Have you ever wondered about who regulates pharmacies? Maybe you have a complaint you would like to make about a pharmacist or about pharmaceutical care that you have received, and you don’t know who to turn to. While you can obviously vocalize your concerns to the manager of the pharmacy, you may also want to know if there is someone else beyond the employees in the store, which you can make your concerns known to.
You may be glad to find out that every state has a Board of Pharmacy that regulates the pharmacy practice of the following:
- pharmacy technicians
- pharmacy interns
- pharmacy exemptees
- community pharmacies
- hospital pharmacies
- mail order pharmacies
- any company that distributes prescription drugs
If you have any concerns about a pharmacist, if the pharmacy violated the law, or if you were affected by some type of pharmacy error, you can file a complaint with your State Board of Pharmacy. The good news is that there is an outlet for you to file your complaint, but the bad news is that most state boards don’t usually have enough manpower to resolve consumer complaints—or at least not in a timely manner.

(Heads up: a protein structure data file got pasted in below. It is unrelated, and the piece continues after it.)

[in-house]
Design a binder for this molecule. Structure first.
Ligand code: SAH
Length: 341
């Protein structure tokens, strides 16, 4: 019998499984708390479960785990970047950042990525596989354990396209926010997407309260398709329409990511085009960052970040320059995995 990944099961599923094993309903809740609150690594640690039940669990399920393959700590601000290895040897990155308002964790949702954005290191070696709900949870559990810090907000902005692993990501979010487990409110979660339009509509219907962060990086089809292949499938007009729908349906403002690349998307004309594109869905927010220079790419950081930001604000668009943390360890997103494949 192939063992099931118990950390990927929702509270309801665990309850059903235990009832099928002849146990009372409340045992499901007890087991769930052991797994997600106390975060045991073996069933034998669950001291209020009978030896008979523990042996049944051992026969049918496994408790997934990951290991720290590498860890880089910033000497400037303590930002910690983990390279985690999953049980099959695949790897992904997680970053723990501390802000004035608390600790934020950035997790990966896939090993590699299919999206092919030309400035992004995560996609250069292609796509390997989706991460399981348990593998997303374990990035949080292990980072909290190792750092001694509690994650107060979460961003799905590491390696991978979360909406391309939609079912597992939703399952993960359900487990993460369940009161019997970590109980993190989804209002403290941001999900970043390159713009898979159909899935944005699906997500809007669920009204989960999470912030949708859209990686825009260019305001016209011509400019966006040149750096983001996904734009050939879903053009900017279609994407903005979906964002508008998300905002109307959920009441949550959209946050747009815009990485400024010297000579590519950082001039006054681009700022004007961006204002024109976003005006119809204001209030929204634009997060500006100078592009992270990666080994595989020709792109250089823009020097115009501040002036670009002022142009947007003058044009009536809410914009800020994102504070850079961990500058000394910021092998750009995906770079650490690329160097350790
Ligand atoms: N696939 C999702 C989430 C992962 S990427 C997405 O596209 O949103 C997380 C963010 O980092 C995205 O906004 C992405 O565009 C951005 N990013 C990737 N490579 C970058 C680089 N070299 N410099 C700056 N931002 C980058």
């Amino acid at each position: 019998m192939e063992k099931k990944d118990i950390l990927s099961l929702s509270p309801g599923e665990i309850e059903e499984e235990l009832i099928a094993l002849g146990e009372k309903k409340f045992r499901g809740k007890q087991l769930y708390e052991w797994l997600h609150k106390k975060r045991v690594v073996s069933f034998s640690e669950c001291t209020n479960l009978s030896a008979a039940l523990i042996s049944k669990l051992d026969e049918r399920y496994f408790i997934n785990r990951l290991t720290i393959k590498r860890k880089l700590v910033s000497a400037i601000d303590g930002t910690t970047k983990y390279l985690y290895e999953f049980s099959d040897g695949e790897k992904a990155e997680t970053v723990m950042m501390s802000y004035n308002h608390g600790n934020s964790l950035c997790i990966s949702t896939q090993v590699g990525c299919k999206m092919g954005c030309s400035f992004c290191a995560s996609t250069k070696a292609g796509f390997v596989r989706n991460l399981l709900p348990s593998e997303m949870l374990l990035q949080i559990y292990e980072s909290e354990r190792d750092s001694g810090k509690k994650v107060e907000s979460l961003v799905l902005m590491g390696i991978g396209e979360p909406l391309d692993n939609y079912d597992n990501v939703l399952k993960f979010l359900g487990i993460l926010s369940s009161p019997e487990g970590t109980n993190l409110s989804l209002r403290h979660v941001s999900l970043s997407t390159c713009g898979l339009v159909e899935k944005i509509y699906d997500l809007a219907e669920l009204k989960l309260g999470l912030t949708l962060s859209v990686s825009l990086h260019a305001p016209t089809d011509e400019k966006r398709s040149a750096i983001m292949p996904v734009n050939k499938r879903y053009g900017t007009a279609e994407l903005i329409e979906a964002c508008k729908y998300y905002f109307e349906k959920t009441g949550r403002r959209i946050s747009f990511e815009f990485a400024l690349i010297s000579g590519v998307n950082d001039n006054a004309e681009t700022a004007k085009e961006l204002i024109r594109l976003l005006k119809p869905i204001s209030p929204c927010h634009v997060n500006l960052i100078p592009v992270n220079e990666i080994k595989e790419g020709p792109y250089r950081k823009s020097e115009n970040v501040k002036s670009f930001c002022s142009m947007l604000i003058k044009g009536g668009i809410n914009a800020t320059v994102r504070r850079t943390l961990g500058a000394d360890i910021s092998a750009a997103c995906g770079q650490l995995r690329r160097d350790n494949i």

So What Can You Expect From the Board in the Way of a Resolution to Your Complaint?
If you have filed a complaint regarding the pharmaceutical care you or a loved one has received, the State Board of Pharmacy will evaluate your concern. Depending on the circumstances, an inspector may contact you to ask you additional questions and gather further information about your complaint. Sometimes, you will be advised of the action that was taken and your complaint may be resolved; however, complaints may result in a verbal or written warning and closed without your knowledge.
Unfortunately, many pharmacy boards fail to adequately inspect complaints or even pharmacies for that matter. For example, recent information has been revealed about the North Carolina Board of Pharmacy failing to inspect pharmacies on a regular basis. A state audit found that 35 percent of pharmacies have not been inspected by the board for over four years and about 21 percent of them have not been inspected in at least six years.
While it is great that you can file a complaint with your State Board of Pharmacy, please keep in mind that many complaints are never resolved. Also, remember that the board does not work for you, which is why you should hire a pharmacy malpractice lawyer if you are seeking damages or restitution.
If you or a loved one has been harmed due to pharmacy negligence and you have not received the resolution you would have liked, please call us at 888-526-7616 for a free consultation or to request a free copy of our report, How to Make Pharmacies Pay for Injuries Caused by Medication Errors.